Technology | Media | Telecommunications

Monday, November 16, 2015

Enterprise SDN Spend to Reach $10 Billion by 2019

As more multinational companies plan for their digital transformation, most are assessing their communication network capabilities. Meanwhile, the enterprise software-defined networking (SDN) market is maturing, and increasing adoption indicates that it's gaining momentum.

SDN early-adopters are completing proof-of-concept trials and shifting to production deployments, which will transition into mainstream market adoption between now and 2020, according to the latest worldwide market study by Technology Business Research (TBR).

"SDN will become a substantial contributor to the overall network infrastructure market," said Krista Macomber, data center analyst at TBR.

Production deployments have started within large-scale enterprise environments, and will spread as international standards bodies finalize their work and SDN vendors expand into new use cases.

According to the TBR assessment, previously a small number of large vendors dominated networking standards, but openness and collaboration around SDN innovation has included a variety of companies -- including start-ups that have developed new technologies.

With the support of industry alliances, such as the Open Networking Foundation (ONF), and participation from vendors of open-source technologies, SDN now includes security and mission-critical application availability.

Deployment considerations will increasingly include business benefits as enterprises validate the reliability and performance of SDN architectures. Besides, a primary advantage of SDN is the promise of lower-cost infrastructure, by combining savings from open source hardware.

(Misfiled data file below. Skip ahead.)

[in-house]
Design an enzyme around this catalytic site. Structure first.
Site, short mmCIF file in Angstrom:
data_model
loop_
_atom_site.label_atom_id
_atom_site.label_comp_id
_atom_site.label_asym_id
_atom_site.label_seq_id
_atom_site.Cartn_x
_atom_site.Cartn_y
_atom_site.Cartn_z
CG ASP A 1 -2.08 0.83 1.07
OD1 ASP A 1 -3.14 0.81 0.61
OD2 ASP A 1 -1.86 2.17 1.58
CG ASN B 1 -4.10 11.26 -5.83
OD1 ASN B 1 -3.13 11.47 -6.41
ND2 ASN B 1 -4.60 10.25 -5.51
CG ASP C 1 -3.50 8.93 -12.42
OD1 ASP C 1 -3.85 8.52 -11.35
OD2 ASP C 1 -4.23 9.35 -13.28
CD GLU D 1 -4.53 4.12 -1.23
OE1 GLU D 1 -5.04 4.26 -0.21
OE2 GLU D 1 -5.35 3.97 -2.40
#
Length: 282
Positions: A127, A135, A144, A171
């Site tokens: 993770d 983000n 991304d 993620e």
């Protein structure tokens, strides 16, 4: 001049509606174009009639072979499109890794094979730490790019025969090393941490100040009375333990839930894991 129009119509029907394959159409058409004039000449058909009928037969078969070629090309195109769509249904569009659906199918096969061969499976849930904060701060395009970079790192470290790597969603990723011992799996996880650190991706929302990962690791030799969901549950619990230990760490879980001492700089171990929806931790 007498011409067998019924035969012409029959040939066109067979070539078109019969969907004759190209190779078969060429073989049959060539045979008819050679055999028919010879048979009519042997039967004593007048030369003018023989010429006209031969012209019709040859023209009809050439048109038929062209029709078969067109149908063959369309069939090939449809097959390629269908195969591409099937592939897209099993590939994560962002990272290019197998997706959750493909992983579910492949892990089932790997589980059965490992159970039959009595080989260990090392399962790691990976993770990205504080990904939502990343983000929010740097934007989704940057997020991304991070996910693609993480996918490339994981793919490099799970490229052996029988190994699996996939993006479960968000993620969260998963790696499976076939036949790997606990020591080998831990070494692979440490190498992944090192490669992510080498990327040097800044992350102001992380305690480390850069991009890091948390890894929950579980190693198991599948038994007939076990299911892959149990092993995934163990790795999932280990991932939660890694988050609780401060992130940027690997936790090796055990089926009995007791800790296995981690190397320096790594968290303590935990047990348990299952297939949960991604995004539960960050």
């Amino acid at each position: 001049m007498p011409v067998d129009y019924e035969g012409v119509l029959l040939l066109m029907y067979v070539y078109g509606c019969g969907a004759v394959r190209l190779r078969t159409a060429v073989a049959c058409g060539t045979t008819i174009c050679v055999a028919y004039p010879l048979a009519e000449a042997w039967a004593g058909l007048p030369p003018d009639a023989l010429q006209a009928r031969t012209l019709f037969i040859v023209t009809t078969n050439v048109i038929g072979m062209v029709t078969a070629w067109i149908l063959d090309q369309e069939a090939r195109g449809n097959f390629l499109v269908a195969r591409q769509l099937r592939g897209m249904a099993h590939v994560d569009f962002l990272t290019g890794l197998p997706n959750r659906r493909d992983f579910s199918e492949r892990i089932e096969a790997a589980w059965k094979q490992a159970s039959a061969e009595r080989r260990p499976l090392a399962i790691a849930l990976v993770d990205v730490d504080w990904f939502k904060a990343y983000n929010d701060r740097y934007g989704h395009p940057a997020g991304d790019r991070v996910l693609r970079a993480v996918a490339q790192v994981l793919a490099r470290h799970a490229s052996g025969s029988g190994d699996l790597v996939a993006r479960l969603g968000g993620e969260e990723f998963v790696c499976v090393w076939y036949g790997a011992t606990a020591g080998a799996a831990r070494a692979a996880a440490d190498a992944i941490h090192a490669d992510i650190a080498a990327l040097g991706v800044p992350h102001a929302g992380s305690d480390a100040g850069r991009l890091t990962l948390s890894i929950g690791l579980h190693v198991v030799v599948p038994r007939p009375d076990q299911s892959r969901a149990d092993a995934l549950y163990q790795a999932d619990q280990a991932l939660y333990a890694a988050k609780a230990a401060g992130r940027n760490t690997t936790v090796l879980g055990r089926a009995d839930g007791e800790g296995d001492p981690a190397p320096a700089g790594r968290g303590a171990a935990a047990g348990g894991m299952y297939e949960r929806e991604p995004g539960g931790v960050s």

TBR believes that customers recognize the potential of software-defined architectures in solving pressing traditional IT pain points, such as management complexity and workload inflexibility.

However, some barriers to adoption remain -- including internal IT organization resistance to change and industry immaturity. For vendors, proving the performance and reliability of solutions is a critical first step in their market development.

The rise of SDN architectures is altering the vendor landscape. As hardware becomes a commodity, software-centric vendors and vendors of industry-standard hardware may be able to take market share from the traditional enterprise networking industry incumbents.

As software-centric vendors enable customers to reduce expensive and complex hardware installations, they will stress the value of SDN optimization for overlay capabilities and also to improve the performance of IT workloads.